What are the suggested performance enhancing properties of Clenbuterol? Whichever professor can tell me, I’d like them to test their hypotheses against Reni’s performances for the Sharks and Bulldogs in recent times.

      Regardless, I support punishment for use of banned substances, and if he’s positive, he should be gone for 2 years at least. But it was interesting that all the coverage yesterday was about his irresponsible party lifestyle, and nothing about the drug he used, or any discussion of the nature of his sin.

      I feel he may have been the victim of a bit of slur yesterday. The day before it had been reported the drug was recreational. A day later and with the result known, the Tele especially played up the “drug” in the positive drug test, burying the details, and telling the world what a massive booze/drug fiend he is. They did little to correct the impression that it was a recreational positive.

      I am a Sharks fan and never wanted him signed in the first place. This is a good reason for to get rid of him. The press are again getting carried away with this being another chapter in the player scandal story, with heavy commentary on his party boy status, when it is really a story about an out of form, probably mentally unstable, player taking a body building drug.

      The true story, for anyone who wanted to dig it up, is probably very sad.

    • May 22nd 2009 @ 12:02pm
      Stinger said | May 22nd 2009 @ 12:02pm | ! Report

      If Clenbuterol really is a performance enhancing drug, Reni should be asking for a refund

    • May 22nd 2009 @ 12:40pm
      Brett McKay said | May 22nd 2009 @ 12:40pm | ! Report

      Agree Steve. Generally, there’s an element of “wrong place, wrong time” when it comes to footballers’ indescretions (eg, Mason this week – but certainly not the 2002 Sharks), as they have no control over where or when a camera will be pulled out to snap them doing whatever it is they’re doing.

      But it’s hard to have much sympathy for Maitua here. I’m happy to wait for the B sample before casting my stone, but this was a conscious decision by a professional athlete. Dumb….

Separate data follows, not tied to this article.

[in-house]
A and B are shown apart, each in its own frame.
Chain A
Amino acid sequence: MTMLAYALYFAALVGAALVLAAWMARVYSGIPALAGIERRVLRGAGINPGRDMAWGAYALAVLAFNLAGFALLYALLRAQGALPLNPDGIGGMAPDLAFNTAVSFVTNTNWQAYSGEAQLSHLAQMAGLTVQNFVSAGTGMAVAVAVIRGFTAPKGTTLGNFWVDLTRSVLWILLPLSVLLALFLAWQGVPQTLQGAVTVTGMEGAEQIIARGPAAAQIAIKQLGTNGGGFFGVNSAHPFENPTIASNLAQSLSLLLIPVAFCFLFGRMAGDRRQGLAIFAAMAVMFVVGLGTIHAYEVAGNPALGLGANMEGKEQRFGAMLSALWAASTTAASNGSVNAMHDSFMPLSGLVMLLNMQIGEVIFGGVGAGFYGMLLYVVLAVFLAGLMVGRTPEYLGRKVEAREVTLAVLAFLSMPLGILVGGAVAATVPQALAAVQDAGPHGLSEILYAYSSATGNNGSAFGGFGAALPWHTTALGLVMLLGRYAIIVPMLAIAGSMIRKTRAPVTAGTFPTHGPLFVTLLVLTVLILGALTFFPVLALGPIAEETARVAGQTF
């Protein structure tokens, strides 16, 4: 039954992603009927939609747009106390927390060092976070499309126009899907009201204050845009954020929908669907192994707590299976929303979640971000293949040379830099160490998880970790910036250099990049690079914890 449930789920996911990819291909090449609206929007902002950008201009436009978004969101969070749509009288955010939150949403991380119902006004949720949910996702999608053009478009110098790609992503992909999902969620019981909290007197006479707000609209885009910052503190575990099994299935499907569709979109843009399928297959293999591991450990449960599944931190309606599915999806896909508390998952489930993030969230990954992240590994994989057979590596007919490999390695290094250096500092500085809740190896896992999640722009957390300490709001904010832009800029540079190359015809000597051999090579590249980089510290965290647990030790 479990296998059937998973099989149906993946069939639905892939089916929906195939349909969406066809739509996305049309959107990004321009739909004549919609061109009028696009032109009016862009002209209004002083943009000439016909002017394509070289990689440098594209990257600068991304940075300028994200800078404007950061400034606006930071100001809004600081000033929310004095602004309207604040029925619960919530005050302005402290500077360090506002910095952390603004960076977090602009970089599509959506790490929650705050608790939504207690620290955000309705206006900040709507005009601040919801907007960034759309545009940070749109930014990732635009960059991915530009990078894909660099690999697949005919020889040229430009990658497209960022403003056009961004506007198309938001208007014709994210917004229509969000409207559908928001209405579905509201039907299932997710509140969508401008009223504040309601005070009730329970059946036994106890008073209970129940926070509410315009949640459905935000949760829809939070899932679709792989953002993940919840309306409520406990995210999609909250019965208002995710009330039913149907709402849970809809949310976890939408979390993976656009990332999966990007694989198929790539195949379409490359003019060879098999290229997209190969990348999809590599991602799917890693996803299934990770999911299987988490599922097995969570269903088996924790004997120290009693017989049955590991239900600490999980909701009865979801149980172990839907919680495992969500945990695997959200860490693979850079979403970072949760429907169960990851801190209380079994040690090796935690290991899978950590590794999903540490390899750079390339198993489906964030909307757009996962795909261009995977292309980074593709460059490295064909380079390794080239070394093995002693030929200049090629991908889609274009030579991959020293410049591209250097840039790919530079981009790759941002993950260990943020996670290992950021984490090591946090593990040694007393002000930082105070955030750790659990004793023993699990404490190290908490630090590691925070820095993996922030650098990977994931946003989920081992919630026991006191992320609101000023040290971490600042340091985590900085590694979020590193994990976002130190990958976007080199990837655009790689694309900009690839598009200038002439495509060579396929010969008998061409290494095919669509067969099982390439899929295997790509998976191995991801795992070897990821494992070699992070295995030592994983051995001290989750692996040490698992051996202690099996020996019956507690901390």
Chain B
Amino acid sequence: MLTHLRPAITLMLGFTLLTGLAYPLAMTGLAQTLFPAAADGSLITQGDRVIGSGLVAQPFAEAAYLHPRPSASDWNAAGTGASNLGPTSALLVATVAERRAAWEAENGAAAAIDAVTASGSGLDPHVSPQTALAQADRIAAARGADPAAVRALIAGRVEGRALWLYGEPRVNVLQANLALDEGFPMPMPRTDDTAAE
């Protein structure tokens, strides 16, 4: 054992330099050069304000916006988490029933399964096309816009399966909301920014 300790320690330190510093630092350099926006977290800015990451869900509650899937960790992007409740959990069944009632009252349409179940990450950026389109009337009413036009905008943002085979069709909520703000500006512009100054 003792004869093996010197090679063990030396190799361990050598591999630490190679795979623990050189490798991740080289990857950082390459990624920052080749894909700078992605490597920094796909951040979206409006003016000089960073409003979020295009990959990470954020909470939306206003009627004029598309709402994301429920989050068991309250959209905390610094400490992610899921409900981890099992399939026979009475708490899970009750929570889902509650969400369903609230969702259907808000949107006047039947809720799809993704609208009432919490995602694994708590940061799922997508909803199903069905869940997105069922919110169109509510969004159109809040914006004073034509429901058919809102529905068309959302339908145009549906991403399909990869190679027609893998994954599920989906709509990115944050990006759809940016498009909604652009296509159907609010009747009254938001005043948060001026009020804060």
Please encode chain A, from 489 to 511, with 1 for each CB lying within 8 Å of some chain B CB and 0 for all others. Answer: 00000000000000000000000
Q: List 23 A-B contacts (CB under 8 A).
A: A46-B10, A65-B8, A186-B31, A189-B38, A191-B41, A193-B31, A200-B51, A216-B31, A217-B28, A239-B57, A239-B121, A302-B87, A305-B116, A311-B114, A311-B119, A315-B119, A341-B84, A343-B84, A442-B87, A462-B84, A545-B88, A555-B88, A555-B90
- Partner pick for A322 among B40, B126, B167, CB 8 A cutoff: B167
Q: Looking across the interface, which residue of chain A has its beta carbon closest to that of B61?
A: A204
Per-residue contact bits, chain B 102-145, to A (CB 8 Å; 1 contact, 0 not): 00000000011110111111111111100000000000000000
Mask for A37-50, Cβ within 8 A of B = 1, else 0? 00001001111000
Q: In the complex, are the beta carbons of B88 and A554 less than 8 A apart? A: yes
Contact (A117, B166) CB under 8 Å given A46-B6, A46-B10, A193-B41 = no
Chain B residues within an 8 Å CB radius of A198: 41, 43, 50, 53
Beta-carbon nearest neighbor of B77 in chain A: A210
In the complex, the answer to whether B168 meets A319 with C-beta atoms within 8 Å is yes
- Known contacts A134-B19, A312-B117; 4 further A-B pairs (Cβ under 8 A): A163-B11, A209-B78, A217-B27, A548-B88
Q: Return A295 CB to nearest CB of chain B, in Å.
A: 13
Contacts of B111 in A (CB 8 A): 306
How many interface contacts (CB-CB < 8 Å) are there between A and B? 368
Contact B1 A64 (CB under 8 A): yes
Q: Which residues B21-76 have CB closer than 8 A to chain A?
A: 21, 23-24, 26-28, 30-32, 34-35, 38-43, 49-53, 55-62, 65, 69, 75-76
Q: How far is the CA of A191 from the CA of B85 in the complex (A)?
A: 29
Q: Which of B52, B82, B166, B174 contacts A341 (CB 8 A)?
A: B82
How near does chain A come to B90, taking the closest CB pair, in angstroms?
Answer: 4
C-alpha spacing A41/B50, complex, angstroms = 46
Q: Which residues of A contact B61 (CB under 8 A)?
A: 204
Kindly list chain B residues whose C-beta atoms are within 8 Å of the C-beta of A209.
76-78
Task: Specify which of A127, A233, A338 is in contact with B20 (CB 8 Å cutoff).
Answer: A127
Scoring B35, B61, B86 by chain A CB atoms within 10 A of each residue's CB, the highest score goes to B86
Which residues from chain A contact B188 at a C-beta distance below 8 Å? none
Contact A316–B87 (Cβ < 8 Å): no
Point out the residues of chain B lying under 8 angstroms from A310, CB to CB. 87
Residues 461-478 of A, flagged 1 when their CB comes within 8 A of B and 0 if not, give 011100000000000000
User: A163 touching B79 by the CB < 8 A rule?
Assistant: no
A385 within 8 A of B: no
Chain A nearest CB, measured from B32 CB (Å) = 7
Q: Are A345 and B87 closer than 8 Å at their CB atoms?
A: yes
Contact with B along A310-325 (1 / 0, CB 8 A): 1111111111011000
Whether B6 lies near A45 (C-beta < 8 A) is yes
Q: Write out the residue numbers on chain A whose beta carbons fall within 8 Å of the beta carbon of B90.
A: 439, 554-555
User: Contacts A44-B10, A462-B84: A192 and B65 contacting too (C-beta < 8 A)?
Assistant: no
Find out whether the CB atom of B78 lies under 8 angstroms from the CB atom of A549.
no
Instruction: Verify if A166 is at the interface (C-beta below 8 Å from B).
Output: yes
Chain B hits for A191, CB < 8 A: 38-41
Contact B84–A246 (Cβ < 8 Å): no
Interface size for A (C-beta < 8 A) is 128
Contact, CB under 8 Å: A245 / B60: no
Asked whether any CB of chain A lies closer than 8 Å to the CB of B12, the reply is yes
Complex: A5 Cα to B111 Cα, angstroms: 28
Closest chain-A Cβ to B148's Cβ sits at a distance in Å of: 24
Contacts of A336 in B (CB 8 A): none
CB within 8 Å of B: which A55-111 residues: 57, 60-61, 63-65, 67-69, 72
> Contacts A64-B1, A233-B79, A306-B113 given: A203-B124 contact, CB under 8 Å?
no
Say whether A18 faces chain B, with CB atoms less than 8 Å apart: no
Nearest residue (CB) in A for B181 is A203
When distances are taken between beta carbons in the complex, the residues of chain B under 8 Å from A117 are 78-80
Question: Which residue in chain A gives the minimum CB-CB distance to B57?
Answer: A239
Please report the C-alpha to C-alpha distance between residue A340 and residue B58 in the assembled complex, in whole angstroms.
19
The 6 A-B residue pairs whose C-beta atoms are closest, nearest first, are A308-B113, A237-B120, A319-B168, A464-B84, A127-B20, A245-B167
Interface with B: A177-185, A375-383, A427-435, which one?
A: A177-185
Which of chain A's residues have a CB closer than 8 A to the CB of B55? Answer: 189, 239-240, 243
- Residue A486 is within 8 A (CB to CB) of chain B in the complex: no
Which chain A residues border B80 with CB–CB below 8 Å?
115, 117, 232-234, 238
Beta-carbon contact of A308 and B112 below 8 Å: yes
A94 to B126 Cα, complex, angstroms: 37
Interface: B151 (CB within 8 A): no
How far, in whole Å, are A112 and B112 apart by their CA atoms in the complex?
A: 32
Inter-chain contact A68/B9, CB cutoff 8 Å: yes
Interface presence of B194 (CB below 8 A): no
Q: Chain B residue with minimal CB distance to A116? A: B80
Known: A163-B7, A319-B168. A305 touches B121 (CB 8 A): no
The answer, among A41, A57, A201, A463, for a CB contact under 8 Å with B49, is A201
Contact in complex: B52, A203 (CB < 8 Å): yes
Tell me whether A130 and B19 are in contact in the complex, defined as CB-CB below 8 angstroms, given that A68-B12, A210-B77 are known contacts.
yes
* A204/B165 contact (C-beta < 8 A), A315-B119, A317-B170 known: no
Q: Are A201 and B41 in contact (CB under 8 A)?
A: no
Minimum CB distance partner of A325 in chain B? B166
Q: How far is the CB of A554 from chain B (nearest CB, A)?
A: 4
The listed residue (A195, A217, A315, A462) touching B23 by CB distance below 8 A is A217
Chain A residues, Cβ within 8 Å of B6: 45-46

• Roar Guru

      May 22nd 2009 @ 5:49pm
      Steve Kaless said | May 22nd 2009 @ 5:49pm | ! Report


      I agree that cycling does a lot to try and clean up its sport, however in terms of its fans I find cycling has a much higher proportion of fans compared to other sports than seem happy to defend drug use or see it is an inevitable.


      Yes, this issue should been seen as seperate to the usual “night on the tiles” issues which it does seem to be clumped in with. Certainly a sad end to a career, but it regardless it should be the end.

    • May 22nd 2009 @ 6:13pm
      cosmos forever said | May 22nd 2009 @ 6:13pm | ! Report

      Yeah – I was alluding to cycling’s current position as easy target simply because they have had to put tougher testing in place due to such a poor track record.

      Classic case is operation puerto which led to international headlines about cyclists but there were actually more footballers and athletes in the list than cyclists.

      I’m a cycling tragic but in no way defensive of the drug culture (though there is a very interesting post that could be written about how cycling’s drug-culture actually pre-dates the concept of performance enhancing and that the cyclists were working class boys who needed to win to survive).

      Anyway – your post wasn’t about cycling! I agree many cycling fans try and defend the indefensible – which is what any performance enhancing drug taking is – in any sport.

      And in Rugby League, he simply should go if proven to have taken the drugs, and not be allowed back.

      Now – I’m off to the Celtic Crusaders website. I’m in Wales in a month and I’m gonna catch me some league action starring a bevy of former Raiders!